7 Reasons To Buy Boeing

| About: The Boeing (BA)

I have spoken in previous articles of an investment approach used to generate returns of over 40% per annum in the Australian stock market since 2008. Today, I use a similar approach to screen the markets, and find another profitable opportunity in the shape of The Boeing Co. (NYSE:BA).

Boeing operates in a duopoly with competitor Airbus Group (OTCPK:EADSF). The company generates around 2/3 of revenue from commercial aircraft, with the rest coming from defense, space and security.

Running the model

I am no accountant, so the investment strategies I use are not based on calculating free cash flows or looking for balance sheet irregularities. I prefer to look at models that have been back-tested for at least 10 years, systems which are able to identify winning investments based on the satisfaction of a number of criteria.

Today, I run the model over the entire universe of US stocks and come up with approximately 5 companies that fit my criteria for low valuation, high growth, high sales and reasonable dividend.

I use a mixture of financial ratios such as PE, price-to-sales, current ratio, EPS growth and price momentum to scan for stocks, as I find these are the best predictors of future performance.

I find that Apple (NASDAQ:AAPL), Intel (NASDAQ:INTC), Siemens (SI) and Accenture Plc (NYSE:ACN) all offer possible investment opportunities, but the one I discuss here is Boeing.

1. Financial ratios indicate value

Stock screens are handy for finding those stocks that possess the qualities you are looking for. Boeing satisfies on a number of counts.

First, PE is under 25 and over 5, which tells me that the company is not over-hyped, nor is it residing in a stale industry.

Price-to-sales is 1.12, which again, sits within my 0-3 margin.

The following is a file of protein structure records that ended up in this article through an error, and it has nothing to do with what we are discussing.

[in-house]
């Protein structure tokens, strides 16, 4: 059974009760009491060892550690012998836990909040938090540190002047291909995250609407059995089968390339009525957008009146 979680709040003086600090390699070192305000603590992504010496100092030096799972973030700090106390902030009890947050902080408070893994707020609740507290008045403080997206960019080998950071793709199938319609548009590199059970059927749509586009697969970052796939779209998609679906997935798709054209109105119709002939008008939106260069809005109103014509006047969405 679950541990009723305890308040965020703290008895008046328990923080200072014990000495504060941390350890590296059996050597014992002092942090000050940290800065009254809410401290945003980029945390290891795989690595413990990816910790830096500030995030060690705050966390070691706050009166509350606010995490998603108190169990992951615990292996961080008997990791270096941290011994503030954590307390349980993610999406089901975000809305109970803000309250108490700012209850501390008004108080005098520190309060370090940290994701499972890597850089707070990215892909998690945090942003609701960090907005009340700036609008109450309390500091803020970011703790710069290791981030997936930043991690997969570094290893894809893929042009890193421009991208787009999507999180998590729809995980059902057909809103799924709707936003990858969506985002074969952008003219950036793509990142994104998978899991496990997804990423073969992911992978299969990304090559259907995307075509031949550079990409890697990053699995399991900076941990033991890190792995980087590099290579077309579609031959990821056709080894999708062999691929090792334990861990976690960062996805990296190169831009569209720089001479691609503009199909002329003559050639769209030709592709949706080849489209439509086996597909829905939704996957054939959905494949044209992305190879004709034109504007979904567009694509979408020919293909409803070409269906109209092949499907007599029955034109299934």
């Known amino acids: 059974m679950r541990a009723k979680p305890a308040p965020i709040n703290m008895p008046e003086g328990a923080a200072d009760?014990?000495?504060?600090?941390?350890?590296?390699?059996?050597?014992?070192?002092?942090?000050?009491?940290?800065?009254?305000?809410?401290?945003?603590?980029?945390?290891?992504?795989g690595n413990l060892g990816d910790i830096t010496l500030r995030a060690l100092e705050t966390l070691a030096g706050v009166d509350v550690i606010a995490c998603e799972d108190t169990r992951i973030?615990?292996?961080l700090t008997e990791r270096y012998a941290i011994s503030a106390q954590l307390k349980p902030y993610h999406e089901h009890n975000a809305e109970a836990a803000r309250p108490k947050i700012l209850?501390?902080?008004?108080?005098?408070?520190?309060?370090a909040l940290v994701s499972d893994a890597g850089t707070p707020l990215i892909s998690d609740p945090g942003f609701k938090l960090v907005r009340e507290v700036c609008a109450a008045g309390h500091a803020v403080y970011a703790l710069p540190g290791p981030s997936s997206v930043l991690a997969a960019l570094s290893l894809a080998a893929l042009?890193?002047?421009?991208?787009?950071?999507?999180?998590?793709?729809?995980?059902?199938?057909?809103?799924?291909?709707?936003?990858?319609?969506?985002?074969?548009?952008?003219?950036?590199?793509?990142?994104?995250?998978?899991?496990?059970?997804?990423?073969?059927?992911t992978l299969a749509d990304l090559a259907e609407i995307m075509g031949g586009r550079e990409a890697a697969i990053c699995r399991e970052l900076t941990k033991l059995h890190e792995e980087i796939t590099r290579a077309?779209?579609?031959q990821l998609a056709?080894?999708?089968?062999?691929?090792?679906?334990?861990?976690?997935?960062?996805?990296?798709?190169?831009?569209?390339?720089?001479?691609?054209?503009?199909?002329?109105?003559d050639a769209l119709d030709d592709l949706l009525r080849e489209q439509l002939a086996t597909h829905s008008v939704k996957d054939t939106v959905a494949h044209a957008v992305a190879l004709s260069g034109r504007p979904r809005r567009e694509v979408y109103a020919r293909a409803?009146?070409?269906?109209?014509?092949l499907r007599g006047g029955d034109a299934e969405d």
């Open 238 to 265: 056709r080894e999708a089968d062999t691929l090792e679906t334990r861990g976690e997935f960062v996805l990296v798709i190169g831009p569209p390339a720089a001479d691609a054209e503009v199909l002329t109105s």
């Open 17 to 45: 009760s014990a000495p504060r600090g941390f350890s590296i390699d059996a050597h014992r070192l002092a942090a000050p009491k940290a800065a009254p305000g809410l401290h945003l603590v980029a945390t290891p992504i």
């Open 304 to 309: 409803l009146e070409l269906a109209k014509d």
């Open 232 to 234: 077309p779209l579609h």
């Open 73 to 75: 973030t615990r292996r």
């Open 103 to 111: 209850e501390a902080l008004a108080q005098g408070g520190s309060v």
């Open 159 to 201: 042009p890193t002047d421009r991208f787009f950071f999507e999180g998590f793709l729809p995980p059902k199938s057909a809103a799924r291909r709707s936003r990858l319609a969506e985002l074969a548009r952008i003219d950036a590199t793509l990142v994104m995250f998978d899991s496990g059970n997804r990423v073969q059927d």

Current ratio is 1.30, above my 1% threshold, and reflective of the $15.26 billion in cash BA has on the balance sheet.

Analyst opinion on BA

2. A higher dividend this year

In fact, the cash position at BA means that a higher dividend payout is likely for shareholders in 2014. CFO, Gregg Smith committed himself last month, saying he expects this year's payout to be "north" of the previous 80% of balance deployed in 2013 as a result of the increase in cash.

Meanwhile, the current 2.22% dividend yield is reasonable enough to satisfy the system criteria.

3. Adequate growth and margin

Boeing currently operates with a 5-year EPS growth rate of 10.33%, which sits just above my 10% criteria. Net profit margin, at 5.29%, is also higher than the required 5%.

Finally, the stock is well up over the past year, having gained over 70%. This criteria is important since I do not want to select a stock that is not moving upwards, no matter how cheap it is. I want to select stocks that are cheap and market-responsive.

4. Proven performer

It is clear that Boeing is one of 2 big players in the airline industry, and the duopoly BA enjoys allows it to benefit from one of the twentieth century's most radical industries.